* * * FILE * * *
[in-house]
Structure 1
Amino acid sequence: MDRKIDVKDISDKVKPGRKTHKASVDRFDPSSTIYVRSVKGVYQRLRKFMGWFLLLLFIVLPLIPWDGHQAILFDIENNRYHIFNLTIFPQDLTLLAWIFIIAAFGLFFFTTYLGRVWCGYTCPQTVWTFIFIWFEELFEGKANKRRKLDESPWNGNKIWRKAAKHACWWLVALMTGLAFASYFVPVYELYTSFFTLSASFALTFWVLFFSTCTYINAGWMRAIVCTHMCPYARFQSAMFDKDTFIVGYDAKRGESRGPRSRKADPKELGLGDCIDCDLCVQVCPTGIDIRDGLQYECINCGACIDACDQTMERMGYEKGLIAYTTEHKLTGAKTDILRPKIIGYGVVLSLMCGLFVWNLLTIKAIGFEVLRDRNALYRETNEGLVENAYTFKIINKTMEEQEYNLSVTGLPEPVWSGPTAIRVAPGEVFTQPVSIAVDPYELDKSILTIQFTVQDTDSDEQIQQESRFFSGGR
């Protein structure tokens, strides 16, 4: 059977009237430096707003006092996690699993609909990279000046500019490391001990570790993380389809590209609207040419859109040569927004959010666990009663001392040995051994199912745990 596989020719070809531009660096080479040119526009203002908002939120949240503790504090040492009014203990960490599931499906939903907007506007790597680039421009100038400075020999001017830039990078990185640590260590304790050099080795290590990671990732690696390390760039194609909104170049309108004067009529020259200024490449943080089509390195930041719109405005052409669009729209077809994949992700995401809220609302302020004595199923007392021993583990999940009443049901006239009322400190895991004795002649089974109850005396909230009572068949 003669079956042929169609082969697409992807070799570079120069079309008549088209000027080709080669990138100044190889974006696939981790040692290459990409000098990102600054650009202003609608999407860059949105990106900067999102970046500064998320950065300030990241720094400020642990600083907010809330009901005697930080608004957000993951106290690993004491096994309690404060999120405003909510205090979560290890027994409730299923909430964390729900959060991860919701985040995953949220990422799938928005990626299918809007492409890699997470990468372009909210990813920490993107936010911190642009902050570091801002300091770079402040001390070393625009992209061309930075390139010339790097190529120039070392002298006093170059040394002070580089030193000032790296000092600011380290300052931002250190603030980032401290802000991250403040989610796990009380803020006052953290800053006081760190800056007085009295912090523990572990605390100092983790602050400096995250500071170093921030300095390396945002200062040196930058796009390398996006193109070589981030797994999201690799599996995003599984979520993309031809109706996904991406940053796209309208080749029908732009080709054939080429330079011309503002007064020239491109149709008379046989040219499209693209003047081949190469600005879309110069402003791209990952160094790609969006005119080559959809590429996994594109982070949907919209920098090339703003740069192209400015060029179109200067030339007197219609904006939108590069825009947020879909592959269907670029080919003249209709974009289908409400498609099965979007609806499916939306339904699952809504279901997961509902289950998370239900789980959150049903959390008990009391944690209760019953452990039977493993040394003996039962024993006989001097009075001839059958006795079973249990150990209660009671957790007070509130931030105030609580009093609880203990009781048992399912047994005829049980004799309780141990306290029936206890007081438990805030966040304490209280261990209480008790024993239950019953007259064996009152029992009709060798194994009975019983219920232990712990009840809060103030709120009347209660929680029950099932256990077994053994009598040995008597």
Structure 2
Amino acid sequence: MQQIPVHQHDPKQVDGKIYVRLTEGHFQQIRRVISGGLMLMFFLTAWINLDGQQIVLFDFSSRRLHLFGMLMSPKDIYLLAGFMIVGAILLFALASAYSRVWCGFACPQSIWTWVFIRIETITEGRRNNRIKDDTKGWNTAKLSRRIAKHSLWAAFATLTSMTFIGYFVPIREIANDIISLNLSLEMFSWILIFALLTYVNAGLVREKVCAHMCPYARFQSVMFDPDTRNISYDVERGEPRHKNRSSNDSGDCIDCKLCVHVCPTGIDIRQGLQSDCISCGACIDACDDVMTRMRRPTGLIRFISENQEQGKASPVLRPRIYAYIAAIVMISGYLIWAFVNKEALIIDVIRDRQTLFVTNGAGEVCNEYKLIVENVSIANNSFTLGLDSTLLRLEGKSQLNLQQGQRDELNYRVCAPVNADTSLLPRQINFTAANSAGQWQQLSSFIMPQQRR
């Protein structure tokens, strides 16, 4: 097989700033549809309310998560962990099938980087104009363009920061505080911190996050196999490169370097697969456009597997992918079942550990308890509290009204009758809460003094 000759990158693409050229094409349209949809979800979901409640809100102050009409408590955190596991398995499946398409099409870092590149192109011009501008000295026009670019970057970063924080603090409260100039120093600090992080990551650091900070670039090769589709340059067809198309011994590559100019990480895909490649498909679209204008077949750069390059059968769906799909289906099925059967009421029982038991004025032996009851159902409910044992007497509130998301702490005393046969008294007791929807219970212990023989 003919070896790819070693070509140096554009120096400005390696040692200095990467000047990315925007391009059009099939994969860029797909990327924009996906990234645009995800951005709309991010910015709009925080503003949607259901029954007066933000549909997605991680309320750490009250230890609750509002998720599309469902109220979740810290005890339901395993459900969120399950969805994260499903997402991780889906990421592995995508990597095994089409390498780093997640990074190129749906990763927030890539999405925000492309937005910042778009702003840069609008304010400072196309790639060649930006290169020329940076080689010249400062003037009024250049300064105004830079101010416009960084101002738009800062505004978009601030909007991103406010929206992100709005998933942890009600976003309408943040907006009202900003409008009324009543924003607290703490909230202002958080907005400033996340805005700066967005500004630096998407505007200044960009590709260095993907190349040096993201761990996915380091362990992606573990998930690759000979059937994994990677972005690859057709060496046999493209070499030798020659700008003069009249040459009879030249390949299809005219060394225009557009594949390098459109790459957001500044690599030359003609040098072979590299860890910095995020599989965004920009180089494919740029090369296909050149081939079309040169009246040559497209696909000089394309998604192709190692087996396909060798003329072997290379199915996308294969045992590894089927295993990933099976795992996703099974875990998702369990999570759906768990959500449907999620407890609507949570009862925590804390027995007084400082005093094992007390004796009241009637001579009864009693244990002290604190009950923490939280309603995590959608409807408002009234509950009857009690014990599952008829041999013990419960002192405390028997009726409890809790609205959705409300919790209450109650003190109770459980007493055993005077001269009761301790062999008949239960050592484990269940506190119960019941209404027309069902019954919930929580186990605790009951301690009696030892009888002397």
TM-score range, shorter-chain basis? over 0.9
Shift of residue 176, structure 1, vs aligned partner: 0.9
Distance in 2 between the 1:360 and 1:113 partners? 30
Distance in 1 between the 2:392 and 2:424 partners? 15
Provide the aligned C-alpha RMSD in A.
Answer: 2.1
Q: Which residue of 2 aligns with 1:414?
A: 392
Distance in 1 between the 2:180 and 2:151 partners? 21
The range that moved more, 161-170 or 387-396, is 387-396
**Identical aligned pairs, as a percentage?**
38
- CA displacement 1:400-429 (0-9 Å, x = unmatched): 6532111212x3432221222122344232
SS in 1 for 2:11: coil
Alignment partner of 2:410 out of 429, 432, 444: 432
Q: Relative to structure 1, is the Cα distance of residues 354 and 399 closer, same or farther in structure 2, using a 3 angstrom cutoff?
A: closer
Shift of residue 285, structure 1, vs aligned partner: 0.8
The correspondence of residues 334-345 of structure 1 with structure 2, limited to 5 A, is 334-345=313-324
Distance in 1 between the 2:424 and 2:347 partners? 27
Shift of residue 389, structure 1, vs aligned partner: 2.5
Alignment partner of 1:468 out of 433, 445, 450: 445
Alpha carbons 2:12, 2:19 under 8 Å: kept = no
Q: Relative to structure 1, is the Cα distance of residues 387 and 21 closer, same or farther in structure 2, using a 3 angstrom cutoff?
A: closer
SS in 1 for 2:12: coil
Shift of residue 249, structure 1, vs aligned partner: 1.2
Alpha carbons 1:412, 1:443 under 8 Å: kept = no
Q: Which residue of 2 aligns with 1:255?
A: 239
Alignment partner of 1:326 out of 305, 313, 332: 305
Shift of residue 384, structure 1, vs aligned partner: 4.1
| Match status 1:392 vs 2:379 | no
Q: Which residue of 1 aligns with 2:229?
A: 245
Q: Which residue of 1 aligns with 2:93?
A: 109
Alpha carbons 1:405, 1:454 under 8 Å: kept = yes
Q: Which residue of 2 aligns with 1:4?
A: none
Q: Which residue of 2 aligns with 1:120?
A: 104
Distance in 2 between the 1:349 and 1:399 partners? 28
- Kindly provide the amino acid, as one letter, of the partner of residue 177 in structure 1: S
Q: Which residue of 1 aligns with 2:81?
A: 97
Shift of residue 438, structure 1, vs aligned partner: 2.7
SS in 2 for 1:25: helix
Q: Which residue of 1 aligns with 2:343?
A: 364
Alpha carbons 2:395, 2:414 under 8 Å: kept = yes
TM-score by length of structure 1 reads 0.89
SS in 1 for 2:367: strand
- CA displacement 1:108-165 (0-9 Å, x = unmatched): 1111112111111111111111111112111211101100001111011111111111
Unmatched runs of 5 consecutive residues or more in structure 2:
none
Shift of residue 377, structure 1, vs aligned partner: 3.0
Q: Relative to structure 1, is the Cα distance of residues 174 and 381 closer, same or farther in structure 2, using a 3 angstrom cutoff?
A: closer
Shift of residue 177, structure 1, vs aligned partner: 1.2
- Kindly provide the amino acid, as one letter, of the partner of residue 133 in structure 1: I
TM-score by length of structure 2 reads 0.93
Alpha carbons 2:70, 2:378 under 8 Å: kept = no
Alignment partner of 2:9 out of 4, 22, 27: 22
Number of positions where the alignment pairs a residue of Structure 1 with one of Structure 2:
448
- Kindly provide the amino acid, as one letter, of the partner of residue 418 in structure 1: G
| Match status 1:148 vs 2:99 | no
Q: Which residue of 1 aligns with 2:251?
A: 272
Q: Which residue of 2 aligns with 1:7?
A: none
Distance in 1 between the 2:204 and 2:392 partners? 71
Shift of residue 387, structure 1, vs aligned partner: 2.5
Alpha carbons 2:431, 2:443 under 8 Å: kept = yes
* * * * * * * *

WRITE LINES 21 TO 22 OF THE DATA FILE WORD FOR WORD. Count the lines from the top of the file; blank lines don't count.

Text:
SS in 1 for 2:11: coil
Alignment partner of 2:410 out of 429, 432, 444: 432